1 Harvey was also created doctor of physic at Cambridge, soon after his return to England, and at Oxford in 1742, after his discovery of the circulation of the blood, to which place he had attended King Charles I.; and in 1645, he was elected warden of Merton College, in the latter university, by virtue of the king's letters patent, sent to that society for the purpose. Vide Bibliotheca Biographica.
The celebrated Doctor Mead studied medicine at Leyden, under Doctor Pitcairn, and took the degrees of doctor of philosophy and medicine at Padua, August 26th, 1695: in 1707, he was also created doctor of physic, by the university of Oxford.
Sir Richard Blackmore, M. D. who espoused the cause of the revolution, took his degree in medicine at Padua, though he had previously studied at Oxford, where he had resided thirteen years.
Doctor Bastwick, who was so inhumanly punished along with Burton, the clergyman, and Prynne, the barrister, in the reign of Charles the First, also took his degree of doctor of medicine at Padua, though he had been previously a student in Emmanuel College, Cambridge.
The learned Sir Thomas Browne, M. D. also a Protestant, was permitted to study medicine at Montpellier and Padua: many other instances might be adduced to the same effect. Vide Flloyd's Bibliotheca fiiographica.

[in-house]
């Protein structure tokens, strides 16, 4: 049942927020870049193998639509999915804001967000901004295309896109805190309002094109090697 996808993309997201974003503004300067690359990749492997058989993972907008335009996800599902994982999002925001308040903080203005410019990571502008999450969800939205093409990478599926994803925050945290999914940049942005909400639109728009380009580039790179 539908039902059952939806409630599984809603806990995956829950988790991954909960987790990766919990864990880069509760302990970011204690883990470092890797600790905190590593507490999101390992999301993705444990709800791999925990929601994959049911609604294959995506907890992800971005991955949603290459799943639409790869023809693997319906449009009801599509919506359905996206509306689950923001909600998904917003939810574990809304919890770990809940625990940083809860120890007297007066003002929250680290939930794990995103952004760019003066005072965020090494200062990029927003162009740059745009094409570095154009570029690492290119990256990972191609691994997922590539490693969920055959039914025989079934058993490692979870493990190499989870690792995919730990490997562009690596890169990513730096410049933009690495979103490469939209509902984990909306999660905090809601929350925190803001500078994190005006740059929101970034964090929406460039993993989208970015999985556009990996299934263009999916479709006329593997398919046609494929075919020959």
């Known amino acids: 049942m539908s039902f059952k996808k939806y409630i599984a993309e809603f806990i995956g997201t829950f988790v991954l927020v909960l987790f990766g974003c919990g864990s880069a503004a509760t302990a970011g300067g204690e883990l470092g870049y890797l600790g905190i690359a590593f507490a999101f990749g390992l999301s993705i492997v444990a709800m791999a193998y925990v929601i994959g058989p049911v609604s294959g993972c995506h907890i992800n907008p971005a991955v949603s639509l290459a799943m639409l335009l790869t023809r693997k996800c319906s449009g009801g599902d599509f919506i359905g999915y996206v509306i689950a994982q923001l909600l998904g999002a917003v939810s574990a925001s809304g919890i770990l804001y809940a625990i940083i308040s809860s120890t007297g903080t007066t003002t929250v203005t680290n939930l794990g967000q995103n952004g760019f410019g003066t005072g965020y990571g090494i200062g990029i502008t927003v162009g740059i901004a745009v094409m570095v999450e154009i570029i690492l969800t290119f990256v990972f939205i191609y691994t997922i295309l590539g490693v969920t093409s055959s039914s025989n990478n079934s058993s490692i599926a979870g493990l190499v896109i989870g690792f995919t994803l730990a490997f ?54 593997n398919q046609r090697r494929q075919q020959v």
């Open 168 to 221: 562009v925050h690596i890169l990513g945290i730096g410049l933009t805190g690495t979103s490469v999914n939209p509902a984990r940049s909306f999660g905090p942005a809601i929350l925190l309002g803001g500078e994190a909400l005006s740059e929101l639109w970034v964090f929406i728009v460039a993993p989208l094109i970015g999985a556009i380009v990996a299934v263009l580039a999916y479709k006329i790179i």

English seminaries, and for this reason, he knows that it will not bear criticism. After speaking in terms of commendation, upon the residence required and the caution used, in conferring the degree of M. D. at Oxford and Cambridge, he says, "and hence we may conclude, if we look to the experience of the eminent characters formed at these celebrated universities, that the system is the best calculated to improve the human genius, that has been yet hit upon by human genius." Now, as far as medicine is concerned, which is the only subject at issue, every one acquainted with the practice of physic will acknowledge, that Edinburgh has produced as celebrated physicians, really educated there, and a far greater number of them, than Oxford and Cambridge united. —He proceeds, "For here did Milton, Newton, Bacon, and Locke, and most of the luminaries of our country, reach the pinnacles of science and literary glory." I am equally ready to pay every homage to the illustrious characters he adduces, but as his mentioning these highly celebrated persons, in discussing the subject of medical instruction, is entirely gratuitous and merely thrust in for the sake of an exhibition, I need not say any thing further respecting it.